Gaining more clarity about the pains of transition can help someone in a difficult spot move forward more confidently and intentionally. It helps to know that others have experienced similar pains while in transition because it means that we aren’t alone in our difficulty. It also helps to more clearly recognize the symptoms of our struggles, so we can more effectively care for our needs. I hope the following descriptions of transitional pain bring some of this clarity and confidence for your next step forward.
Common Pains of Transition
- Fleeting Euphoria. When someone begins a transition there is often an initial wave of euphoria. This is especially true when transition brings a sense of liberation from a problematic situation. In most cases however, euphoric feelings of freedom and relief from previous responsibility or commitment turn out to be short-lived, and hollow. Soon, the reality of what has taken place sets in, and relief can quickly turn to worry and distress. If you’re experiencing an emotional roller coaster ride after a big change has taken place, you haven’t lost your mind- you’re completely normal. Emotional highs and lows will likely begin to level off as soon as you start settling into a new routine of work and relationships. Of course, that takes time.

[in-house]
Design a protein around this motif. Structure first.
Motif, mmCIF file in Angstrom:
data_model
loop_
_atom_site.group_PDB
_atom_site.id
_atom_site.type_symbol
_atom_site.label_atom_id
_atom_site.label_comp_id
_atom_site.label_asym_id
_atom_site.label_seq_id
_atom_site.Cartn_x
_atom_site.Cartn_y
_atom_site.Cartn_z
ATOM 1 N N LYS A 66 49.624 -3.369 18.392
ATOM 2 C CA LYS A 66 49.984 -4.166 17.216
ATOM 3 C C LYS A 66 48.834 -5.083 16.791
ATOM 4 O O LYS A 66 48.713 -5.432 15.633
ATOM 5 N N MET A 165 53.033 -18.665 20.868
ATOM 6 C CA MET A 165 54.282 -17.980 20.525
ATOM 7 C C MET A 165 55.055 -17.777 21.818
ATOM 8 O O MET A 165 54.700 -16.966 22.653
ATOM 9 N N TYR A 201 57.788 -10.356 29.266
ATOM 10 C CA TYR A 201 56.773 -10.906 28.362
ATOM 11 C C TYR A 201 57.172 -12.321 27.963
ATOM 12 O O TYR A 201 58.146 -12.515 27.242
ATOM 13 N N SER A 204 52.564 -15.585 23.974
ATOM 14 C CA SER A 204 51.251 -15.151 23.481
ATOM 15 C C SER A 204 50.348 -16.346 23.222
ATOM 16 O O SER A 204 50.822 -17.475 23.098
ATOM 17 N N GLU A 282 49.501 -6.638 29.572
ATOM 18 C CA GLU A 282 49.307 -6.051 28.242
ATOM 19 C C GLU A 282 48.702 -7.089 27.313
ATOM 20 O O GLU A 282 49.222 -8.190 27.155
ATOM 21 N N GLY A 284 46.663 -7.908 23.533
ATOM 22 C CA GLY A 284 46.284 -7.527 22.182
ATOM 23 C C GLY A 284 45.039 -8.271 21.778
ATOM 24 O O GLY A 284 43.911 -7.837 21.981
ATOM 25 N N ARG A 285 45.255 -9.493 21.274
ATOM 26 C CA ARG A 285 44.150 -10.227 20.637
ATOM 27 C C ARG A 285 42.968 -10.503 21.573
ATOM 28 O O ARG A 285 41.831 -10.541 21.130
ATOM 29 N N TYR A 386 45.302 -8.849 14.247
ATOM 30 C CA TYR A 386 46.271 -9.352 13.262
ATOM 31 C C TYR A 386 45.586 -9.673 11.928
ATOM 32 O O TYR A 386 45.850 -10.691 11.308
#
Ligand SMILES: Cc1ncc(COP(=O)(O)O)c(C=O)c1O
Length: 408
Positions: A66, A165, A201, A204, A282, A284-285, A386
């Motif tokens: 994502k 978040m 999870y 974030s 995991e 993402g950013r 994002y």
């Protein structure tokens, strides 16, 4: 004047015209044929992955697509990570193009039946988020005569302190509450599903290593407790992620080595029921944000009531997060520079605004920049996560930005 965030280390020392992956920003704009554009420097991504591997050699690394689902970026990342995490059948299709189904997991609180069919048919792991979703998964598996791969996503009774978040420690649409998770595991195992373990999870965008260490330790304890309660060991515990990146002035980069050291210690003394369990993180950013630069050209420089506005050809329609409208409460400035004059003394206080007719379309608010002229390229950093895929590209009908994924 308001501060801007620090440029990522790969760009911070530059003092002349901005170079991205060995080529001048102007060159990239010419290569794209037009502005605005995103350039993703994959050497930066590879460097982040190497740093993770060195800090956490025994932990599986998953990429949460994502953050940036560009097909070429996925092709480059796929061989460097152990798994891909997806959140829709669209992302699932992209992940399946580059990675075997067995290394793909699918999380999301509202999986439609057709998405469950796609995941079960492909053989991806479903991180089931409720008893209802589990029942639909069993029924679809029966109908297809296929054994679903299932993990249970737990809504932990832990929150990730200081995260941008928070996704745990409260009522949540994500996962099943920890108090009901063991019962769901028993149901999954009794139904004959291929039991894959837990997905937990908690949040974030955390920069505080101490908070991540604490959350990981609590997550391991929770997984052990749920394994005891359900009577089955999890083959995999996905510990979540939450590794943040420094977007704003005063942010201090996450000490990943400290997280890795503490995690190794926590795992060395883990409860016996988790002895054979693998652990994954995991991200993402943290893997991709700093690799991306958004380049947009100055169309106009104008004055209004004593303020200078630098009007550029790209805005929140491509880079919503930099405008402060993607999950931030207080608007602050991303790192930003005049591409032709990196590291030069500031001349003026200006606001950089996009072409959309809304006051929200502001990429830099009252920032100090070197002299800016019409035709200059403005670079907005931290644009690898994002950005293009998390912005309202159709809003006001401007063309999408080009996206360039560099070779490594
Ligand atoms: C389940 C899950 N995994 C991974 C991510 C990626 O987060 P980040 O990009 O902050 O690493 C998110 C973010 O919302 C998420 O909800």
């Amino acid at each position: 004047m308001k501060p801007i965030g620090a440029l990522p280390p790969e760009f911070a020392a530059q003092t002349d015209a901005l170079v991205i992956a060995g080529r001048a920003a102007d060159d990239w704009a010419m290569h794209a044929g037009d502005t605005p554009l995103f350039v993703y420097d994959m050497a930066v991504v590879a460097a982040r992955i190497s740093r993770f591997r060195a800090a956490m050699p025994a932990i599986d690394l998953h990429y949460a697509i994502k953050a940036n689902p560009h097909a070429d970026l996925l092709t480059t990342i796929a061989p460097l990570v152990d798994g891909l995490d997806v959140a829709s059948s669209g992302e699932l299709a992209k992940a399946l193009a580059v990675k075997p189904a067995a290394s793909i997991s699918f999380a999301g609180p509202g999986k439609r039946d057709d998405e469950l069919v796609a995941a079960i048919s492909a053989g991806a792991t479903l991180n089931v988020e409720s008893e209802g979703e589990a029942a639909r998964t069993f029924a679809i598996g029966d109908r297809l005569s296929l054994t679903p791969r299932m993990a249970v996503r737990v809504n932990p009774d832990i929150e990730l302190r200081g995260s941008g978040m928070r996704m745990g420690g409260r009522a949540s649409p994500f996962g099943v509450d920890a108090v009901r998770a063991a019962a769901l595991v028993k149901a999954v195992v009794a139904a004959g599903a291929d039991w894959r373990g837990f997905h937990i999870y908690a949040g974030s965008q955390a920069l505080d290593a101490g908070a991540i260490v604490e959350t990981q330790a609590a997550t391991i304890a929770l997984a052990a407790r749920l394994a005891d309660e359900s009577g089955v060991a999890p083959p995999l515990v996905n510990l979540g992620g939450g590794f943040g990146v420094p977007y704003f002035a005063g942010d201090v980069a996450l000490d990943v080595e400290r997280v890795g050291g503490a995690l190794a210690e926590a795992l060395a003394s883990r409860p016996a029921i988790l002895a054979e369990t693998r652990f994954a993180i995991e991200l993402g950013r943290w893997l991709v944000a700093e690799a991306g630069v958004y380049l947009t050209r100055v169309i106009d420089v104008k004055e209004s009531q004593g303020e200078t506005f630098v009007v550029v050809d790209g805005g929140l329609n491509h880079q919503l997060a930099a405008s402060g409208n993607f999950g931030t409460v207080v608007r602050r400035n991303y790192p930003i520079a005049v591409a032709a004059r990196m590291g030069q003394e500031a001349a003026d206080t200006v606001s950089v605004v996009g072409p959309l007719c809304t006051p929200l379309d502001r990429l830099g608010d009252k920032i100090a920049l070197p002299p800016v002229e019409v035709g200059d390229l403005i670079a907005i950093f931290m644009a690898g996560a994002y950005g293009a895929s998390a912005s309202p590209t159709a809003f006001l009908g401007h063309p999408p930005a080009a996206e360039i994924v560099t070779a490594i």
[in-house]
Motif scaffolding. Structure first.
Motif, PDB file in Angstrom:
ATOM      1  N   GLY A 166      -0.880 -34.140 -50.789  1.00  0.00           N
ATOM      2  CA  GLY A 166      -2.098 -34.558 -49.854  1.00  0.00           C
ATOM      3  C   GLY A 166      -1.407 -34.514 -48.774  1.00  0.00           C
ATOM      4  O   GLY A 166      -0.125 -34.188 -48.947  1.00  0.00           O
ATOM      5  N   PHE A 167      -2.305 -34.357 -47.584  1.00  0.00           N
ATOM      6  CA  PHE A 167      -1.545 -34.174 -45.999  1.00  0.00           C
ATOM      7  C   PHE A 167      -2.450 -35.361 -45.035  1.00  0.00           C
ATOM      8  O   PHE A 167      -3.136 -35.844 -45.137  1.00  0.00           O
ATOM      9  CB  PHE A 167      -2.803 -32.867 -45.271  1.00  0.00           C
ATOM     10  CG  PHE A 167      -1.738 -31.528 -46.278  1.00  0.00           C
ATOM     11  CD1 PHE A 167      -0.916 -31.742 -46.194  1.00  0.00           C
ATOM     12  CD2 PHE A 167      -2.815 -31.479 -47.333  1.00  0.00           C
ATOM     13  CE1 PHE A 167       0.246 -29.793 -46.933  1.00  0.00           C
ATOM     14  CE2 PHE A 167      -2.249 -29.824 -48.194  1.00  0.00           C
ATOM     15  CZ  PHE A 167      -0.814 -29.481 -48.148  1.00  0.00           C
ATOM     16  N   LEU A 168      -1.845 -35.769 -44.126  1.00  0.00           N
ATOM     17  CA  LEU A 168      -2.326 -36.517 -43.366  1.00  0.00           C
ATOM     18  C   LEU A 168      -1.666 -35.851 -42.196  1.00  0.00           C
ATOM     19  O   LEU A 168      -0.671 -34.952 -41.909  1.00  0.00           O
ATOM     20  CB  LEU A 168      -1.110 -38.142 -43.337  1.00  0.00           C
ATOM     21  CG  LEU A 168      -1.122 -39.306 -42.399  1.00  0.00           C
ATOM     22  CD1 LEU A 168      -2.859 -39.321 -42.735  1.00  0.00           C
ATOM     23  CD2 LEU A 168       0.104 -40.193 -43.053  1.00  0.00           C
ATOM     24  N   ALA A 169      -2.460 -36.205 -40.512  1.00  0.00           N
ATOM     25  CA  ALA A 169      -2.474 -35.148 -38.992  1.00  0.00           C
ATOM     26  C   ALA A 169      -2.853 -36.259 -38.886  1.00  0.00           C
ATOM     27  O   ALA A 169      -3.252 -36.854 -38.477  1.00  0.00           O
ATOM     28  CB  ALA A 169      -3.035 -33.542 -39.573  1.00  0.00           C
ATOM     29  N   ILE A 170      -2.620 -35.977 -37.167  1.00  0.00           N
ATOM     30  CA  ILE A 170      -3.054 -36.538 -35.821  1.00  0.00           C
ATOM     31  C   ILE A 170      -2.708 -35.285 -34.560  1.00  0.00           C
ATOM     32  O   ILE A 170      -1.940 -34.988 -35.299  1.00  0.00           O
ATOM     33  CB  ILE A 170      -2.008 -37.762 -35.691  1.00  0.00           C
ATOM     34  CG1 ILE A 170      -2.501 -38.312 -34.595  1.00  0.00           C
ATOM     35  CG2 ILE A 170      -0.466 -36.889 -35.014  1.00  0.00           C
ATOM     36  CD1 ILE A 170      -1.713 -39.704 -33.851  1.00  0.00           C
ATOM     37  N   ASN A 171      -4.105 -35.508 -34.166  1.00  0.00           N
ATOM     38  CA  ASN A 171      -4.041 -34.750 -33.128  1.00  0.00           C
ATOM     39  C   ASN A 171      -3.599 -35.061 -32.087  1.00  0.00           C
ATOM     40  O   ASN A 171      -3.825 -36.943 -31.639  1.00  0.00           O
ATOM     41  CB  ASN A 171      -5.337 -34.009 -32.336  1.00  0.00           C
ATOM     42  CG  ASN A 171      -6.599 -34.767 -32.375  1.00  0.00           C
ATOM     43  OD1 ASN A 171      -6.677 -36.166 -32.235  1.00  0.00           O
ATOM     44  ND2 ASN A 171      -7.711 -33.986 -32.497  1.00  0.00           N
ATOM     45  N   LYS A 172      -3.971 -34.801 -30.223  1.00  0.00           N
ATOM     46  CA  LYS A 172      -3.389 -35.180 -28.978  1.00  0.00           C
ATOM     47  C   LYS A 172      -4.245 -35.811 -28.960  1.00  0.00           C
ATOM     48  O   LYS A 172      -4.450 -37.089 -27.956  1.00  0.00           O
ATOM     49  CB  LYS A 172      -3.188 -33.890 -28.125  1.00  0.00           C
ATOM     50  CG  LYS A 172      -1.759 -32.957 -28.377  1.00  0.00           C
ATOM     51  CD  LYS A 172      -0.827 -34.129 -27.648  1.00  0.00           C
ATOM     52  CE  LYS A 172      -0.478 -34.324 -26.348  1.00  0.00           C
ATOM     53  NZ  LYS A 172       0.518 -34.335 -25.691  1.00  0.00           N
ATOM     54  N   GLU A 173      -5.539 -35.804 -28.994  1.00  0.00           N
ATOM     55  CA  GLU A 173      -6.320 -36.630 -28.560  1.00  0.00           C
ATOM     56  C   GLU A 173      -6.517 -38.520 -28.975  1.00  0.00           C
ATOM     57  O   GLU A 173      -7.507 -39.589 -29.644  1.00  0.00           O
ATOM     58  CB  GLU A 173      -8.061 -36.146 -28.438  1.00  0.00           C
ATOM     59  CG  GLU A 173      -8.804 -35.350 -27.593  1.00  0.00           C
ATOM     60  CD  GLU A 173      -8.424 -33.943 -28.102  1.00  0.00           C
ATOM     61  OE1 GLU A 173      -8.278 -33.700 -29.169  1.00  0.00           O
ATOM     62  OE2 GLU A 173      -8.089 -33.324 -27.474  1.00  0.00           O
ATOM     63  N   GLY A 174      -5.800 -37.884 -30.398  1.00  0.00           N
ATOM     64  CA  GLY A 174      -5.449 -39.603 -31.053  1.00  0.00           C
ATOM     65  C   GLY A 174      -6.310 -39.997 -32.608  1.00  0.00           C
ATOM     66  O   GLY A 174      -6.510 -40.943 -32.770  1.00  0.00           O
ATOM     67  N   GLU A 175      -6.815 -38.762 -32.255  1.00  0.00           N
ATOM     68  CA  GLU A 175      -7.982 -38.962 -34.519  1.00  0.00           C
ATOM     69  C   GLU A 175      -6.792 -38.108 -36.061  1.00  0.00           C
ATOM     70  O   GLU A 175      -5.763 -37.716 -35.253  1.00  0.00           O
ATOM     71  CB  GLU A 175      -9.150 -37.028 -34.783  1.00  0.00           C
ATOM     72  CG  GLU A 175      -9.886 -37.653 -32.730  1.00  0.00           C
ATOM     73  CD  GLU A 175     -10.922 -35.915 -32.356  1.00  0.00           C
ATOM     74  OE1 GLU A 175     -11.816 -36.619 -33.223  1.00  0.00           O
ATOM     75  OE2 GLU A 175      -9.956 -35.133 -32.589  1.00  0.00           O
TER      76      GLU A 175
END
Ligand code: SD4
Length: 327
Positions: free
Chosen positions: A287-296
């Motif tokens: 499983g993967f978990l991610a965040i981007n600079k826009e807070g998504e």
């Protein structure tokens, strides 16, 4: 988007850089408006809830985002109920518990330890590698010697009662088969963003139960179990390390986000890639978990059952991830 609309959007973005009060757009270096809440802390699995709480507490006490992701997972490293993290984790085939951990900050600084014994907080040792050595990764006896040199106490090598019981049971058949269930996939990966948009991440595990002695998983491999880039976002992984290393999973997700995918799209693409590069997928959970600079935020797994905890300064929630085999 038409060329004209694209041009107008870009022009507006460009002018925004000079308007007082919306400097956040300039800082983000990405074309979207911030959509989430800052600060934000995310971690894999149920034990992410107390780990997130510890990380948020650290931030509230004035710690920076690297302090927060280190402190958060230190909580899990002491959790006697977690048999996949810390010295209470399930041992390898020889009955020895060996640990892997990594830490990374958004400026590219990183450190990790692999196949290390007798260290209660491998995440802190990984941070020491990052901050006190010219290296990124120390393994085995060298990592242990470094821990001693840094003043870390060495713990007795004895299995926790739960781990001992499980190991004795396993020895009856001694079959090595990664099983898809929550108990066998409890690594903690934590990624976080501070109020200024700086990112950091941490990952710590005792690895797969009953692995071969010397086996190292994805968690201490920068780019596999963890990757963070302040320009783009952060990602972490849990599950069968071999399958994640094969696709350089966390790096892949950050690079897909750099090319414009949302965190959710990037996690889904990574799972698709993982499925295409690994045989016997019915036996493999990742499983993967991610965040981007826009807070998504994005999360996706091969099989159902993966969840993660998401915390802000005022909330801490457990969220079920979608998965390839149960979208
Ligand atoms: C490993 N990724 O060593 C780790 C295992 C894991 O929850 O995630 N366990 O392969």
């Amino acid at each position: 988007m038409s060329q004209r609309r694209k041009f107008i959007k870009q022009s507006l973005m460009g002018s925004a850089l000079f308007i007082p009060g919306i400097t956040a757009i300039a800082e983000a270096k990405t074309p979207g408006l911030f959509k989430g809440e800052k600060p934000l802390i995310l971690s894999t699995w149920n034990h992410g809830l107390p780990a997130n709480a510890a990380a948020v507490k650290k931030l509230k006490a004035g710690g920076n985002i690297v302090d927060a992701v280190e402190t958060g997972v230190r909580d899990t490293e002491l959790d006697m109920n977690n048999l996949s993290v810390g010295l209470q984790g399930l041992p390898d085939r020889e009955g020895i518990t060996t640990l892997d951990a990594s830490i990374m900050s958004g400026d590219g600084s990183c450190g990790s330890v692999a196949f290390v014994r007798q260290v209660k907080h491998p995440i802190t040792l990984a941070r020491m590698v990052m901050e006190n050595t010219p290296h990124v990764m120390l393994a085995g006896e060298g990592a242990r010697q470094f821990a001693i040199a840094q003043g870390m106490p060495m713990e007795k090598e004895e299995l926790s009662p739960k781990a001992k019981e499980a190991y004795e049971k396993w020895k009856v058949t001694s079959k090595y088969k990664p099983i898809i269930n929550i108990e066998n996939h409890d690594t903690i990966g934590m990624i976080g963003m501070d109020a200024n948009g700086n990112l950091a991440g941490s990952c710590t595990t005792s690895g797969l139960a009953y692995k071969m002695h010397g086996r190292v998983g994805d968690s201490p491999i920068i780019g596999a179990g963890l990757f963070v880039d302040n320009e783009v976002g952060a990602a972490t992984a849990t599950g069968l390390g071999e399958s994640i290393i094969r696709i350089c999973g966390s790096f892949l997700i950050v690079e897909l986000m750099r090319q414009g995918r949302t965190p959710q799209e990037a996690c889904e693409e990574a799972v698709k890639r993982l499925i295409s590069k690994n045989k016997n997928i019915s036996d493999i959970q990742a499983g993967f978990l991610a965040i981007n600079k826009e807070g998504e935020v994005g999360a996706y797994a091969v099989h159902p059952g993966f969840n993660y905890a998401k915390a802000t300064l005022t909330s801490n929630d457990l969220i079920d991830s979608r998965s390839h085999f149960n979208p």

- The Pain of Loss. If I were to use one word to describe the pains of a transitional crisis, it would be the word “loss.” The losses a person experiences when moving on from a position, relationship, or other significant thing in life can be huge. There is a real grieving process over transitional losses that needs to be expressed with honesty and realness. Just because the loss did not involve the death of a loved one does not mean that it doesn’t mark you, or that it is somehow unfitting to struggle with bouts of depression or anxiety over it. These too are normal experiences of people struggling with the losses of a transition.
Here are some of the things that are commonly lost (and grieved) during a transition:
- Financial stability. This is perhaps the most obvious upset that can occur in significant transitions, and usually the first on people’s minds. Life must be financed, and a transition that brings an end to a source of income is unsettling to our life situations and puts feelings of uncertainty out in front of us.
- Close relationships. Whether its career related, or a major change in a family, transition usually means a break in close relationships. Some of these may have involved deep bonds built over many years. In some cases, it may mean losing the only close relationships a person (or family) has. Loneliness often dominates the feelings of leaders who have recently been in a transition, as leadership already tends to be isolating, and stepping away from a leadership role usually means the loss of the few (local) confidants a leader has.